This year marks Cockermouth firm Createc’s 10th anniversary.

Createc, which works in the civil nuclear, defence, rail, aerospace, security and medical sectors, has won many awards and holds two Queen’s Awards – one for innovation and one for international trade.

It works all over the world and its technology has been used to help investigate and clean up the Fukushima nuclear plant in Japan.

Chief executive Matt Mellor started his career as an academic working in research and development at Oxford University before moving to Cumbria and joining REACT Engineering.

“REACT put the emphasis on entrepreneurship and I joined the company to apply what I had learned in nuclear medicine to nuclear engineering,” he said.

In particular Matt was able to apply his knowledge in medical imaging to provide smart, technological solutions to the nuclear clean-up industry.

In 2007, Matt was the technical lead in setting up REACT’s aerial surveying company Hi-Def, which gave him valuable experience.

Hi-Def went on to be a sustainable, successful business in its own right and in 2016 became part of the BioConsult SH group.

Createc started out in 2010 with just three members of staff - Matt, Alan Shippen and Pete Rodgers.

The company’s mission was to create a profitable business out of computer vision and robotics research and development, demonstrating the value such a service adds to industry.

Building on technological expertise in the nuclear sector learned from REACT Engineering, Createc developed its N-Visage technology which was to be used in the clean-up following the Fukushima accident in Japan.

Closer to home, Createc used its intellectual property in computer vision to build a business opportunity and set up spin-out company Sportlight. Earlier this year, it added a second spin-out from its robotics expertise to create Createc Robotics.

Looking ahead, as society and industry move out of a Covid-19 lockdown, Matt sees robotics playing an ever more important role - but warns those who think it will be an overnight change, to be more patient.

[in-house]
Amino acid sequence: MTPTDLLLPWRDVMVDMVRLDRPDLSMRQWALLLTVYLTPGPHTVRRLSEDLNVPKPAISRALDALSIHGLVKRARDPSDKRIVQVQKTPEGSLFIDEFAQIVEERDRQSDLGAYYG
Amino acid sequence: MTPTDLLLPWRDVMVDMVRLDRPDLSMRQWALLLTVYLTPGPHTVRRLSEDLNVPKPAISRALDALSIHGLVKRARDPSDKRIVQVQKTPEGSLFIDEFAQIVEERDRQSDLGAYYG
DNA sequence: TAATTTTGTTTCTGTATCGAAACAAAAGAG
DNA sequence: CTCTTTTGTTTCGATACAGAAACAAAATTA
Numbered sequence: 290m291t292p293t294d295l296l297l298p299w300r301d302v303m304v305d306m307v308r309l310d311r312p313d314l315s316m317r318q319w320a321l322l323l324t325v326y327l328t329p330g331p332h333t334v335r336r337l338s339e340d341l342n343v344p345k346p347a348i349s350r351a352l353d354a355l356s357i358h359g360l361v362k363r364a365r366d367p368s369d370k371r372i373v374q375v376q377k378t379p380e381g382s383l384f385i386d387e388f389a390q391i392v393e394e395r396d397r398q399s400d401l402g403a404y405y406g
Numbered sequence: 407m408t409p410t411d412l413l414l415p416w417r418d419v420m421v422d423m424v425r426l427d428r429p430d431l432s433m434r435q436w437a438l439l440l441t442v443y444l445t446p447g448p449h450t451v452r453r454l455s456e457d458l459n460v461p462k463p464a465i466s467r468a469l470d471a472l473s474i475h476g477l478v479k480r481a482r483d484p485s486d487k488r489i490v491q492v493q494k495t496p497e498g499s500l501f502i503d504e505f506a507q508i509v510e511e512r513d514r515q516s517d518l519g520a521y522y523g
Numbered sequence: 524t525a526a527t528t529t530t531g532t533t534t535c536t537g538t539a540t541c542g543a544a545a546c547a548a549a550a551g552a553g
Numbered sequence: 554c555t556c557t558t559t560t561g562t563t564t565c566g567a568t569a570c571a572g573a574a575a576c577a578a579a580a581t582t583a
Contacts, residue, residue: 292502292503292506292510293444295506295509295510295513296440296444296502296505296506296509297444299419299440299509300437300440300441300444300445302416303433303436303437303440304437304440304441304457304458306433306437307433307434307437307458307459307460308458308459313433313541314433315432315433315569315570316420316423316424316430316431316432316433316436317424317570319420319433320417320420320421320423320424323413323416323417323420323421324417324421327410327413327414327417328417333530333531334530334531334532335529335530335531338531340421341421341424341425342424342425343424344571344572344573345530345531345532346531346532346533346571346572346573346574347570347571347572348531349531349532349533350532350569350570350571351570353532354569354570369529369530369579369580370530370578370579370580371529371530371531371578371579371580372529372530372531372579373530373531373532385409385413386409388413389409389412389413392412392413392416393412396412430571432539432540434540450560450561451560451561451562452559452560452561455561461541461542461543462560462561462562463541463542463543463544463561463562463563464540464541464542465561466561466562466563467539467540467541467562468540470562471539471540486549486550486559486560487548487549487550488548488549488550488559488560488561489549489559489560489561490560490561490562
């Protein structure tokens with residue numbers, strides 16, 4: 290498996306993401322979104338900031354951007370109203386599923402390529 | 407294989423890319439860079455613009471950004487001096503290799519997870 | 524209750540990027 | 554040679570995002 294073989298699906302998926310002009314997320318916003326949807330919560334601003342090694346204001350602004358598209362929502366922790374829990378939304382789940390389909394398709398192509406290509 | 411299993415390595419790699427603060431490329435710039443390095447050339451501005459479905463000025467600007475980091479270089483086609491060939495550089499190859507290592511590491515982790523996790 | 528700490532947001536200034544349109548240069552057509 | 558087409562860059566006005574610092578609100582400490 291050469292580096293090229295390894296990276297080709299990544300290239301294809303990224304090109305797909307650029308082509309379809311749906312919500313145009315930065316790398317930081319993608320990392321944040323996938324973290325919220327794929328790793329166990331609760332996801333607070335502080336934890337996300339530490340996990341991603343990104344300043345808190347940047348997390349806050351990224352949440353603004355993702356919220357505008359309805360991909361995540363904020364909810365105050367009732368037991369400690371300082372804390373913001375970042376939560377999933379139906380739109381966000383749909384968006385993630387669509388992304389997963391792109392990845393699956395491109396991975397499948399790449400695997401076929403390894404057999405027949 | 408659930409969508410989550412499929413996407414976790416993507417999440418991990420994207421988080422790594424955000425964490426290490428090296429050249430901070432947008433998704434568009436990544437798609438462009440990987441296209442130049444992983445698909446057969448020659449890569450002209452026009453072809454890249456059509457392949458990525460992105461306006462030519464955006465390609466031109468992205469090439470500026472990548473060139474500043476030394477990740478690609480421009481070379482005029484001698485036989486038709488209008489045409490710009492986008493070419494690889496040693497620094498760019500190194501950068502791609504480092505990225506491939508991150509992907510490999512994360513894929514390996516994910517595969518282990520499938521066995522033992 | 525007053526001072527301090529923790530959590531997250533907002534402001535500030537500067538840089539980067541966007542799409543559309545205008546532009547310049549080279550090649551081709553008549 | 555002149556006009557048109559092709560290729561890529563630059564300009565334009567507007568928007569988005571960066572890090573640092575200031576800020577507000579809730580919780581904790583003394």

“Society has always overestimated what technological development will take place over a two to five-year period. But it has always underestimated what development will take place over 20 years,” said Matt.

“Technological development is an accumulation of small goals which build on top of each other. It creeps forward so that over a 20 year period people then look back and are amazed at how much the world has changed.

“In 20 years’ time we are going to have a lot more robots, and we will have improved collaboration between human and machine.

“In some areas that might be helping to remove people from having to carry out tasks in hazardous environments. In other areas it might be giving people more senses and more capabilities.”

Createc applies its thinking and technologies to any problem to find a solution and takes a flexible approach to applying them - so they can be adapted for a range of industries and a range of situations.

It is an approach which has seen its solutions applied in a range of industries and settings, including nuclear and defence, rail and security. Among future growth areas for Createc are heavy engineering, major industrial and general construction.

Createc’s strategy as it moves beyond its 10 year anniversary is to concentrate on research and development to launch a series of further spin-out companies.

Two things Matt is keen to influence in the wider economy to help support the company’s ambitions involve funding and leadership.

“We need to make sure that the UK is more start-up friendly and we need more entrepreneurs who want to come and run these businesses,” said Matt.

“To me an entrepreneur takes complete ownership and picks their way forward and proceeds confidently in the face of doubt.”

Createc is certainly proceeding with confidence.

Matt said: “We have had a sustained growth rate of 40 per cent, and we are focused on continuing to grow at this rate.

“In the first 10 years we have grown from a company with three people turning over £180,000 to 30 people turning over £3.5m.

“To sustain that level of growth by the end of the next 10 years we would have 300 people turning over more than £60m.”

Matt has a clear vision of how the company will keep driving forward, and his motivation and appetite to lead the company to further success is clear.

“My motivation comes from bringing something completely new to life which results in the world being a better place,” he said.

*To read the full interview with Matt and get all the latest business news pick up the July edition of in-Cumbria magazine